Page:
TBScience is an official event entirely devoted to basic and translational tuberculosis research, held between 19-22 October 2021 as part of The Union World Conference. TBScience abstract submissions are open until Tuesday, 20 July 2021 (23:59 CEST).
Community Connect is an area where representatives from the community can share, experience and develop ideas and projects around 4 tracks related to lung health and non-communicable diseases. Community Connect session submissions are open until Friday, 28 June 2021 (23:59 CEST).
If you would like a unique opportunity to present your research or programme work, Satellite Sessions will continue to remain open till Wednesday, 30 June 2021 (23:59 CEST). Abstract and Session submissions are, however, closed.
Submissions for late-breaker sessions will open from 15 July to 12 August. More details will become available by the end of this month.
-Registration for the conference will open in August. For any further questions, please contact
- TBScience submissions are now open. Submissions will close on 20 July, 2021 (23:59 CEST).
- Community Connect submissions are now open. Submissions will close on 28 June, 2021 (23:59 CEST).
- Satellite submissions to remain open till June 30, 2021 (23:59 CEST).
- Registration for the Conference will begin in August.
This year abstract submissions, either oral or poster presentations, should be aligned with one of these four session themes:
Theme 1: Tools to guide personalised therapy – what is achievable?
The treatment of tuberculosis utilises multiple antibiotics given for many weeks or months. In order to ensure reproducible treatment success everyone must take the full course of antibiotics. Treatment shortening equivalence trials have shown that the majority of people have achieved relapse free cure before the end of standard TB therapy. A test able to monitor the disease course and predict cure could provide an opportunity to make personalised treatment decisions including decisions on treatment shortening. This session will discuss the feasibility of this goal, recent advances and insights, and the potential contribution of biomarkers to monitor response and dynamically individualise therapy.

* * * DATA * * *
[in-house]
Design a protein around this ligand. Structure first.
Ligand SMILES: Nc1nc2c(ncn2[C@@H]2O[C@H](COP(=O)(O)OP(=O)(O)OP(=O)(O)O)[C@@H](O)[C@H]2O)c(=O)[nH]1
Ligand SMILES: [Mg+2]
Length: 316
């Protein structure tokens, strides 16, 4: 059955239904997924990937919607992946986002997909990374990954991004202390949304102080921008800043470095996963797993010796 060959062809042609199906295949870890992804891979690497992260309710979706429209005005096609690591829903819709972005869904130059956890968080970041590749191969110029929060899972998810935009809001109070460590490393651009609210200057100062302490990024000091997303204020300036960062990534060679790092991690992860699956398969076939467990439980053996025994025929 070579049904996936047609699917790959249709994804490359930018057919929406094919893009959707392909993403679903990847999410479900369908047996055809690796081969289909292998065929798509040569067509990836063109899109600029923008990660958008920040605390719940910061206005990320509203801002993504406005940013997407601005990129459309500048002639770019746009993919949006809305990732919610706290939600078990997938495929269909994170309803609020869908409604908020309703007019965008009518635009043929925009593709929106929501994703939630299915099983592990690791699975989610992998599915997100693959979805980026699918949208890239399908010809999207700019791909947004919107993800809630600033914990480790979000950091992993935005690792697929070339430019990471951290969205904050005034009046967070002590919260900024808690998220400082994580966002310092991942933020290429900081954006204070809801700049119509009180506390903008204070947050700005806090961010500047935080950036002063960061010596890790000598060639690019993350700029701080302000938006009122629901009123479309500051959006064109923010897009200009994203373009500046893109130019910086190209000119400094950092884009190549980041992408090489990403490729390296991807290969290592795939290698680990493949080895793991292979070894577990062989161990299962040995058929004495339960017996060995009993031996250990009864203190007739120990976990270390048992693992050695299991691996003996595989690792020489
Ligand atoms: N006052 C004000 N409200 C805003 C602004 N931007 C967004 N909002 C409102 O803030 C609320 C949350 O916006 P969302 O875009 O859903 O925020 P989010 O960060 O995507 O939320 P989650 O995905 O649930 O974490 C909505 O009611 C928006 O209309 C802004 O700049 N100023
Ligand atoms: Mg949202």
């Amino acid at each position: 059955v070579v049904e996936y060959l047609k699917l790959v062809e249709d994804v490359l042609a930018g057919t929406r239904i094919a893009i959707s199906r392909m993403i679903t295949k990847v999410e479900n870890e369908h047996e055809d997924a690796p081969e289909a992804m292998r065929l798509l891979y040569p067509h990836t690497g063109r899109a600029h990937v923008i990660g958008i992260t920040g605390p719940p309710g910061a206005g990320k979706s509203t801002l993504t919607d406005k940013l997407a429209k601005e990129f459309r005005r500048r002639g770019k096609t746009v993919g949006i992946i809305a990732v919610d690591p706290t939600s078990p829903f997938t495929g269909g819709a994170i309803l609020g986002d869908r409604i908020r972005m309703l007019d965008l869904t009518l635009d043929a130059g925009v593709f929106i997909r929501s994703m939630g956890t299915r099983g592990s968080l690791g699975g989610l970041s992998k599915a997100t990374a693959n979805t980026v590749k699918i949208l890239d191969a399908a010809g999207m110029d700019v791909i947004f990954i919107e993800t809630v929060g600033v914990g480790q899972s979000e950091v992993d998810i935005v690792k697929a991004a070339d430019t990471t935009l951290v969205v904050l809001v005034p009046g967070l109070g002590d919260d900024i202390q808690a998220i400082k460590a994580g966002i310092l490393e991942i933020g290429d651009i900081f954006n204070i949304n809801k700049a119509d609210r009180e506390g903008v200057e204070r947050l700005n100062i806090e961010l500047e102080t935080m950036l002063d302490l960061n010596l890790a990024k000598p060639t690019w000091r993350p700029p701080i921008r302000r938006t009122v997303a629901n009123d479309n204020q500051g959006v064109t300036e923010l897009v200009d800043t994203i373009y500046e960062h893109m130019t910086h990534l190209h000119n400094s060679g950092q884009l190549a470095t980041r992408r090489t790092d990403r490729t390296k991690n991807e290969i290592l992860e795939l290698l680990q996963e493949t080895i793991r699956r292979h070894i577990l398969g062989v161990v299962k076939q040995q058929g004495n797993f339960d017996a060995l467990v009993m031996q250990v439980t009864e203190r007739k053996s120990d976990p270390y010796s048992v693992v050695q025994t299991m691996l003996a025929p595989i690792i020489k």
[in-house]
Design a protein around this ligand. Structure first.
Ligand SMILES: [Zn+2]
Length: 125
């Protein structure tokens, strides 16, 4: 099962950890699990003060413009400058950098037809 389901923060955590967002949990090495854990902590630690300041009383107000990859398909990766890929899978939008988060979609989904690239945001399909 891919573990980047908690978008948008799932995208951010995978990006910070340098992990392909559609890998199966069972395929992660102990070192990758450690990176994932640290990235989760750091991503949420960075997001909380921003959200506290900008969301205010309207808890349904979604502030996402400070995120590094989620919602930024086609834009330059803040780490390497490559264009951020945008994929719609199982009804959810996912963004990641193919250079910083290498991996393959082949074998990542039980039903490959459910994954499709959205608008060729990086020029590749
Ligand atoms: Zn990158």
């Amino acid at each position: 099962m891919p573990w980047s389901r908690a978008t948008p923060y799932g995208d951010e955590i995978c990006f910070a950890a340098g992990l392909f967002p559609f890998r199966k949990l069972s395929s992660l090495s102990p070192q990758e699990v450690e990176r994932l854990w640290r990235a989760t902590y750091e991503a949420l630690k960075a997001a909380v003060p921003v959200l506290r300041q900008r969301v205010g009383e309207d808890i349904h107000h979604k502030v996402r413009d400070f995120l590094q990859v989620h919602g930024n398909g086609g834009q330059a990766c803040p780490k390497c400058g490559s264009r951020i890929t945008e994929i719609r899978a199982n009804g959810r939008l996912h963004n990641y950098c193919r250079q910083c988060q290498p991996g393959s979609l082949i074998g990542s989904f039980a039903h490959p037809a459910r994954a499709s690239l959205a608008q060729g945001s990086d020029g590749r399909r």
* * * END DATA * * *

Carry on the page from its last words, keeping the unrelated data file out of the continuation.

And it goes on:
Theme 2: Recent innovations in trial design, lessons for the TB community. Where does TB treatment innovation go from here?
Platform trials set up in response to COVID-19 have yielded remarkable success. This session aims to explore how the TB community can learn from these innovations in trial design and build upon the recent success in generating the evidence base for shortening treatment regimens. It will cover innovations in trial designs and reflect on their contribution to further accelerate TB treatment development.
Theme 3: Bioaerosols: Threats and opportunities
The COVID-19 pandemic has refocused attention on how infectious diseases transmit from person to person, and has catalysed innovations in sampling and diagnostics. This session aims to explore how pathogen bioaerosols arise, persist in different environments, and infect other hosts, and how the innovations and knowledge gained from the COVID-19 response can be harnessed to improve TB infection prevention and control, and TB diagnosis.
Theme 4: TB vaccines: Aspiring is not enough!
The speed of the development of COVID-19 vaccines is in stark contrast to the speed of TB vaccine development. Can the investment in COVID-19 vaccine development support TB vaccine development, including accelerating development of the most advanced new TB vaccine candidates and of mRNA-based TB vaccines? This session will review the recent advances in vaccine research and address advances and gaps in understanding protective immunity critical for vaccine discovery.
TBScience is devoted to basic and clinical science on tuberculosis. Abstracts should:
- Respond to at least one of the 4 session themes
- Contain original data not published at the time of the abstract submission deadline
- Focus on any of the following research fields:
– Basic research (microbiology, immunology, -omics, etc)
– Animal model studies
– Clinical research
– Epidemiology and transmission modeling
- Not eligible are abstracts related to:
– Implementation, operational and programmatic research
– Descriptive epidemiology (e.g. prevalence surveys)
– Health economics, social science research